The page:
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The Rabbi's Cat by Joann Sfar
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English (38)  Danish (2)  Finnish (2)  All languages (42)
Showing 1-5 of 38 (next | show all)
A rabbi's cat eats a parrot and gains the ability to speak in 1930's Algiers. Thus begins arguments on theology, philosophy, and simple social propriety.

The artwork for this is beautiful, especially the scenes of Paris in the rain. The writing is hilarious, and perfectly capture's what I'd imagine a cat's perspective to be... All in all, a great set of comics, none standing out hugely from the others instead all being a uniform level of greatness. No complaints here. ( )
  Lepophagus | Jun 14, 2018 |
A graphic novel about a rabbi's cat, what eats a parrot and gains the power of speech. The rabbi and the cat go on some domestic adventures and argue about religion. This is excellent all around, and I'm convinced that Lying Cat is descended from the Rabbi's cat. Recommended. ( )
  lycomayflower | Dec 18, 2017 |
An enchanting, well written book with a fun art style. The story is sort of all over the place, starting and stopping and ultimately ending in a very haphazard manner. ( )
  mrgan | Oct 30, 2017 |
It is fun to watch a cat ask sometimes irreverent, but thoughtful questions about religion. This a quirky, insightful, and enjoyable read. ( )
  EllsbethB | Jul 26, 2016 |
This graphic novel tells the story of a cat, his master, a rabbi, his master's daughter living in Algeria. The cat eats a parrot and suddenly gains the ability to speak. He uses the ability to tell lies and asks to be taught in Jewish ways and to go through Bar Mitzvah. Later stories involve the rabbi's attempt to become the permanent rabbi of his synagogue and his daughter's marriage and honeymoon. I found the stories to be somewhat sacrilegious. I never warmed to the image the artist used for the cat. Some of the art work was more appealing than the primary character. The cat seemed to take a back seat in the second and third stories. ( )
  thornton37814 | Jun 29, 2015 |
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Dedication
First words
Jewish people aren't crazy about dogs.
Quotations
I answer him that even a kitten would not buy this nonsense.
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(Click to show. Warning: May contain spoilers.)
Disambiguation notice
The Rabbi's Cat collects the first three books of the series, originally published in France. Please do not combine with Le Chat du Rabbin, tome 1 : La Bar-Mitsva which is the first book alone.
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Amazon.com Product Description (ISBN 0375714642, Paperback)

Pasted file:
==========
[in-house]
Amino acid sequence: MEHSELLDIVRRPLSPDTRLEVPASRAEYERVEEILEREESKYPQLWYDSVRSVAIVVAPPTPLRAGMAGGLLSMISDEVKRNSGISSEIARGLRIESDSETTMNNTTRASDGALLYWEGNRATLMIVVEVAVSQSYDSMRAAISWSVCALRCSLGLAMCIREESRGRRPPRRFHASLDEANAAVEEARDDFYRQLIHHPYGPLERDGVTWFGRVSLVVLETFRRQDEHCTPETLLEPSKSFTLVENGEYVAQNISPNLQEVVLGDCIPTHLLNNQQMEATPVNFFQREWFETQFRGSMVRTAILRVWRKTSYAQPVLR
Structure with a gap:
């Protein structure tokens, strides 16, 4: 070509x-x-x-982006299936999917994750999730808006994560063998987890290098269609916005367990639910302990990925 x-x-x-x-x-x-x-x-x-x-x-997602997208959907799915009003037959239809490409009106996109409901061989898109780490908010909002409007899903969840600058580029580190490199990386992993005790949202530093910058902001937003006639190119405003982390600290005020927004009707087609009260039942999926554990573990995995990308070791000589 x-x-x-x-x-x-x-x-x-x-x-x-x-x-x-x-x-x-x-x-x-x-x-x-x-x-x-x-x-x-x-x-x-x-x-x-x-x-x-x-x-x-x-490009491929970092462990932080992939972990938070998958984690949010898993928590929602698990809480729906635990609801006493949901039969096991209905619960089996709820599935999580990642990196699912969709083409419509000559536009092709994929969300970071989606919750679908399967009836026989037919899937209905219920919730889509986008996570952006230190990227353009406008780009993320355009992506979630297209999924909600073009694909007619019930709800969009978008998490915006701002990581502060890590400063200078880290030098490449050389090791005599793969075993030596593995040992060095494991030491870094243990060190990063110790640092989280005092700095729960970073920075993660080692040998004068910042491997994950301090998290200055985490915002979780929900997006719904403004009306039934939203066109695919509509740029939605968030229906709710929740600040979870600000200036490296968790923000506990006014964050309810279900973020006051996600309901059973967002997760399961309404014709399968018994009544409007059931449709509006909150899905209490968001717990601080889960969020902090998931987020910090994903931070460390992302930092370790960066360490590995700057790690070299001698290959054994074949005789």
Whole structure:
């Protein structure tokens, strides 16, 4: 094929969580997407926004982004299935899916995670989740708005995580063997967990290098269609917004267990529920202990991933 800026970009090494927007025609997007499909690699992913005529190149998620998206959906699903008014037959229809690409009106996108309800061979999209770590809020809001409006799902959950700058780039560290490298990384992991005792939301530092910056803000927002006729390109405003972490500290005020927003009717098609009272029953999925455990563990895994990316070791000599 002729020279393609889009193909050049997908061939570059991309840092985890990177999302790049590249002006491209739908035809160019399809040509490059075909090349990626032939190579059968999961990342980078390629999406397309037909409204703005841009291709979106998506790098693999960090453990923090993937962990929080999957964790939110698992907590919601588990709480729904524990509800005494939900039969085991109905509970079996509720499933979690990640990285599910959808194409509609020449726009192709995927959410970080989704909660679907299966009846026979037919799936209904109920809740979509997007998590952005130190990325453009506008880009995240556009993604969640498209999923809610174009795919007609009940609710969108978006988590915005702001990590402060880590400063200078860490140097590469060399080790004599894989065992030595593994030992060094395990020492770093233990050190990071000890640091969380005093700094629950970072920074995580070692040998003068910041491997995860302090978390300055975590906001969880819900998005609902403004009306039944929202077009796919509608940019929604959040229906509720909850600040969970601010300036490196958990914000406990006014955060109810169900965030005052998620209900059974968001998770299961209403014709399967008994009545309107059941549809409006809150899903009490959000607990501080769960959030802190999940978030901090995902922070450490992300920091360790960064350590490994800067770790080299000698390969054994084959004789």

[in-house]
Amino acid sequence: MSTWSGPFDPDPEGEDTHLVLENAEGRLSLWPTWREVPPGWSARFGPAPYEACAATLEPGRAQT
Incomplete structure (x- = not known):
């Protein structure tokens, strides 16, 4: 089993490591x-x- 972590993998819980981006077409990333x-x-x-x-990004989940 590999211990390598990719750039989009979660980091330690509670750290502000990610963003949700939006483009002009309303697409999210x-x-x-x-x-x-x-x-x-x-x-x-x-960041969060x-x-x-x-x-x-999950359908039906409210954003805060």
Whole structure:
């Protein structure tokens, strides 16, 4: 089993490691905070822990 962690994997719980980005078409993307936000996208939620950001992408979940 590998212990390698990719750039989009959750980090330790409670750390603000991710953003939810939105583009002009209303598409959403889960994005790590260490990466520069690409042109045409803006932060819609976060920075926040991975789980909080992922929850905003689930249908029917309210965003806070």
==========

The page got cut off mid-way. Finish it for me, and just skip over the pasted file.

The preeminent work by one of France’s most celebrated young comics artists, The Rabbi’s Cat tells the wholly unique story of a rabbi, his daughter, and their talking cat–a philosopher brimming with scathing humor and surprising tenderness.
In Algeria in the 1930s, a cat belonging to a widowed rabbi and his beautiful daughter, Zlabya, eats the family parrot and gains the ability to speak. To his master’s consternation, the cat immediately begins to tell lies (the first being that he didn’t eat the parrot). The rabbi vows to educate him in the ways of the Torah, while the cat insists on studying the kabbalah and having a Bar Mitzvah. They consult the rabbi’s rabbi, who maintains that a cat can’t be Jewish–but the cat, as always, knows better.
Zlabya falls in love with a dashing young rabbi from Paris, and soon master and cat, having overcome their shared self-pity and jealousy, are accompanying the newlyweds to France to meet Zlabya’s cosmopolitan in-laws. Full of drama and adventure, their trip invites countless opportunities for the rabbi and his cat to grapple with all the important–and trivial–details of life.
Rich with the colors, textures, and flavors of Algeria’s Jewish community, The Rabbi’s Cat brings a lost world vibrantly to life–a time and place where Jews and Arabs coexisted–and peoples it with endearing and thoroughly human characters, and one truly unforgettable cat.

(retrieved from Amazon Thu, 12 Mar 2015 18:19:35 -0400)

(see all 3 descriptions)

When the rabbi's cat wins the gift of speech by swallowing a parakeet, he uses it both to tell lies (that he didn't eat the parakeet, for example) and to tell his own story. But now that he's lied, the rabbi forbids him from talking to his daughter, Zlabya, and vows to educate him in the Torah. For his part, the cat wants to study Kabbalah and he wants a bar mitzvah. But the question of whether a feline can be Jewish must first be intensely debated by the cat and his master. When Zlabya falls in love with a dashing young rabbi, both are crestfallen and jealous, but the journey to meet the young man's secular family in Paris provides additional opportunities for the rabbi and his cat to discuss both the important and petty details of life. Vibrant with the colors, textures, and feeling of a lost world (one where Jews and Arabs easily co-existed) "The Rabbi's Cat is populated with wholly believable and endearing people and one truly unforgettable cat.… (more)

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